Proactive Safety Measures: Quantifying the Upright Standing Stability after Sustained Rebar Tying Postures

Waleed Umer, Heng Li, Grace Pui Yuk Szeto, Arnold Y. L. Wong

Research output: Contribution to journalArticlepeer-review

19 Citations (Scopus)


Fall accidents (FAs) constitute a substantial proportion of construction accidents. While the predominant prevention strategy relies on passive approaches (e.g., guardrails), research on proactive measures is lacking, which may reduce the incidence of FAs in high-risk construction trades. Literature suggests that rebar work is one of the foremost FA-prone construction trades. Since rebar workers spend hours in rebar tying postures with periodic postural transitions, they hypothetically are at risk of posttask loss of balance. While recent research showed that a sitting stool could significantly alleviate physical discomfort during rebar tying, the current study aimed to investigate temporal changes in standing balance (using a force plate) after simulated rebar tying in squatting, stooping, and stool-sitting while the respective postural load during rebar tying was quantified by electromyography and oximeters. Results demonstrated that stool-sitting resulted significantly better posttask standing balance than squatting or stooping, which might be attributed to differential postural loadings. Overall, the findings reported herein underpin the importance of using safety informatics to proactively analyze task-specific fall hazards, to monitor workers’ balance, and to implement proper prevention strategies for workers at risk of falls.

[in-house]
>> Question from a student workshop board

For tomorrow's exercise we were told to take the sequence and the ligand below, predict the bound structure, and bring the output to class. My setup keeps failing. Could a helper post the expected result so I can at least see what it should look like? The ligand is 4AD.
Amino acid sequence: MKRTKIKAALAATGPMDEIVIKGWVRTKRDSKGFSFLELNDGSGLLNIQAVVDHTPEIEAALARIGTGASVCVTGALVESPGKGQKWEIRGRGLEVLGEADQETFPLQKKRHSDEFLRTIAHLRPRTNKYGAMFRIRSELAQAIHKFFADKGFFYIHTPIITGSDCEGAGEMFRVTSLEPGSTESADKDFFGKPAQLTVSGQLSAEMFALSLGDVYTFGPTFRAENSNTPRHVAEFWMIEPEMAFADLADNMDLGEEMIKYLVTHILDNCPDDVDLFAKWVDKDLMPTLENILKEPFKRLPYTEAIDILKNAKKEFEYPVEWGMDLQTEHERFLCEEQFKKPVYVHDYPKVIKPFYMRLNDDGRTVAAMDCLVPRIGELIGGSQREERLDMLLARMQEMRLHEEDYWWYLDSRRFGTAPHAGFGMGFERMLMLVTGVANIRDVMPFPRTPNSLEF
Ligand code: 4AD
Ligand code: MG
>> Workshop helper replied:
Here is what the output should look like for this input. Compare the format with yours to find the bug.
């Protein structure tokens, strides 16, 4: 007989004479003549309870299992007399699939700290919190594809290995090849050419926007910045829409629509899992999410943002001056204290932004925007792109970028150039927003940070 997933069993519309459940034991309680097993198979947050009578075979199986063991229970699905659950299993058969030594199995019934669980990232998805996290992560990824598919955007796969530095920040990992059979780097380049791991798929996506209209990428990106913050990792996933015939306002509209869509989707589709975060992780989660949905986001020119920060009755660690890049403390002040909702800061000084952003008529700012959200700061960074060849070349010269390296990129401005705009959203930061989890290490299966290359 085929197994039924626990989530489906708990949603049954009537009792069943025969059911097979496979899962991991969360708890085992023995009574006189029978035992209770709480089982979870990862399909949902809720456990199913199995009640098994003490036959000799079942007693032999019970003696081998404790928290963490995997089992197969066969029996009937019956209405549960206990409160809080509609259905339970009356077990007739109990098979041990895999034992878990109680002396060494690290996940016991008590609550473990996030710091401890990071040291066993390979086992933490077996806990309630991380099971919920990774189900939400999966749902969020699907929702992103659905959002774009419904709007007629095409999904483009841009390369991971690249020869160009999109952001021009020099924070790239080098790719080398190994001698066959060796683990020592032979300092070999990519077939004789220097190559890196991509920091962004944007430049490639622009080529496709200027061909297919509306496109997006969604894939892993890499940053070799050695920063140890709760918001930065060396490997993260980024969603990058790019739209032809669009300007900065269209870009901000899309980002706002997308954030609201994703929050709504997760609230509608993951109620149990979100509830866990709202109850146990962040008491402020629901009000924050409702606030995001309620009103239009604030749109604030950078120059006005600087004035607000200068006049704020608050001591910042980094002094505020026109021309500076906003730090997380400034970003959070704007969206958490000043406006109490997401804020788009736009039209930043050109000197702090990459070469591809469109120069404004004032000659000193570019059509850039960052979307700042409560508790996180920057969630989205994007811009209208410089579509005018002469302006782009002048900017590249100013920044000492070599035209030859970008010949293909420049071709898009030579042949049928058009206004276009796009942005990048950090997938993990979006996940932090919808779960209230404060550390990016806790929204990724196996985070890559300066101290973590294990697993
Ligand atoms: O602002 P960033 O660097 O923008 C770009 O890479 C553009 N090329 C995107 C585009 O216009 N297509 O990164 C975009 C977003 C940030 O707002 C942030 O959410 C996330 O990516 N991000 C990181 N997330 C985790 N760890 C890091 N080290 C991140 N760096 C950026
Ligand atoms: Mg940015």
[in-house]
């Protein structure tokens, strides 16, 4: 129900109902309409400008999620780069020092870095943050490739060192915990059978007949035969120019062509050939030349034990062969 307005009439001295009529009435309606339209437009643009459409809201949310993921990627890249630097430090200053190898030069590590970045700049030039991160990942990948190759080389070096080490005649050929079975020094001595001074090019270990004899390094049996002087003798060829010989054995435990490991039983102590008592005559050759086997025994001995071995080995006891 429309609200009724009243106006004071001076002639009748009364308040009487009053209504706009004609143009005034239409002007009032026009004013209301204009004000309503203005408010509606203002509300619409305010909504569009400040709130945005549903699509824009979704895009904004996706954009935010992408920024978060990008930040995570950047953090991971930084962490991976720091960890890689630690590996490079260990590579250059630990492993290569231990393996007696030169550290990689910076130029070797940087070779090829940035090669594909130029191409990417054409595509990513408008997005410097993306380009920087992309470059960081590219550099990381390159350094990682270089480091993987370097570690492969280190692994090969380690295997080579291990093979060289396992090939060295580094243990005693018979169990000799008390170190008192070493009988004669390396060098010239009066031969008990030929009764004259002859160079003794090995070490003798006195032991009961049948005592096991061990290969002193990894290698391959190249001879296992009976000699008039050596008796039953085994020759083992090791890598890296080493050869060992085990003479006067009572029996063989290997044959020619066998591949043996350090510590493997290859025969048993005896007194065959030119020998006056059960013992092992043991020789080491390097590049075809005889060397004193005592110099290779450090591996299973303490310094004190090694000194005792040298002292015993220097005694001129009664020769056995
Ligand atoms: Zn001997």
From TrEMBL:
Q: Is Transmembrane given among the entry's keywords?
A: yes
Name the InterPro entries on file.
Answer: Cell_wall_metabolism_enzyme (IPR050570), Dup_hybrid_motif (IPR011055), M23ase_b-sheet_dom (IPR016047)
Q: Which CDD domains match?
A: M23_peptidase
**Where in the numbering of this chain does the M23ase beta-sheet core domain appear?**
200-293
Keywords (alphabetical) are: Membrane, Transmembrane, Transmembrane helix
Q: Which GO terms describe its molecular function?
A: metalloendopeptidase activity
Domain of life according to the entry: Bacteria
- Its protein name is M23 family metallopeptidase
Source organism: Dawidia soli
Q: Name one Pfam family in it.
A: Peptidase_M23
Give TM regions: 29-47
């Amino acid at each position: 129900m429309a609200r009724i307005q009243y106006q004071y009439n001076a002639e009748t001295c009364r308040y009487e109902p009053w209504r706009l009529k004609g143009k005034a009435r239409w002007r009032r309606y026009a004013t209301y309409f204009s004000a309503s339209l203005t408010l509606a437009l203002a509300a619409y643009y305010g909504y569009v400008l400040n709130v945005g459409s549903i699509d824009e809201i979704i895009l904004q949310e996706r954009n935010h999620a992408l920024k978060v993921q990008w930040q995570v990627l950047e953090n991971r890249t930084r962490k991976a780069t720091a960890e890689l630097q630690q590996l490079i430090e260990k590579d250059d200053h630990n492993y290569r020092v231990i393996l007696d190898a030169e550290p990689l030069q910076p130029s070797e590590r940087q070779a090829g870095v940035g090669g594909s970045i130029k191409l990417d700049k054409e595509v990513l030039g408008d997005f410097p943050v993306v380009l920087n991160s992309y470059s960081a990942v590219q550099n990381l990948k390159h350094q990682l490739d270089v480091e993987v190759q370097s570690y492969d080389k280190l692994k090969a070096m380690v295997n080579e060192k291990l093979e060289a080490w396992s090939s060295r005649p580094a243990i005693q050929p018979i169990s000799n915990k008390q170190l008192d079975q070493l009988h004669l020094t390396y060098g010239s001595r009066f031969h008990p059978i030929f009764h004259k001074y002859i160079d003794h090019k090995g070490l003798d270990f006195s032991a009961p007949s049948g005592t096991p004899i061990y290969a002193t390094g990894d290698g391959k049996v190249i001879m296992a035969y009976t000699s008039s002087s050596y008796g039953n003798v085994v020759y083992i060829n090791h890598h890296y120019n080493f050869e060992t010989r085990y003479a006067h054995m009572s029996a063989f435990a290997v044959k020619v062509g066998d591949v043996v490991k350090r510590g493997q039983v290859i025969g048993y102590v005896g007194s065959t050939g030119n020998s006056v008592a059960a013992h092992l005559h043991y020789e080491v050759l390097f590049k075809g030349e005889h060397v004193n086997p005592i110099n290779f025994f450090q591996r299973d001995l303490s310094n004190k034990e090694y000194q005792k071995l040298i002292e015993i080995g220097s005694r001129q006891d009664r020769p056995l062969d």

Original languageEnglish
Article number04018010
Number of pages9
JournalJournal of Construction Engineering and Management
Issue number4
Early online date30 Jan 2018
Publication statusPublished - 1 Apr 2018
Externally publishedYes


Dive into the research topics of 'Proactive Safety Measures: Quantifying the Upright Standing Stability after Sustained Rebar Tying Postures'. Together they form a unique fingerprint.

Cite this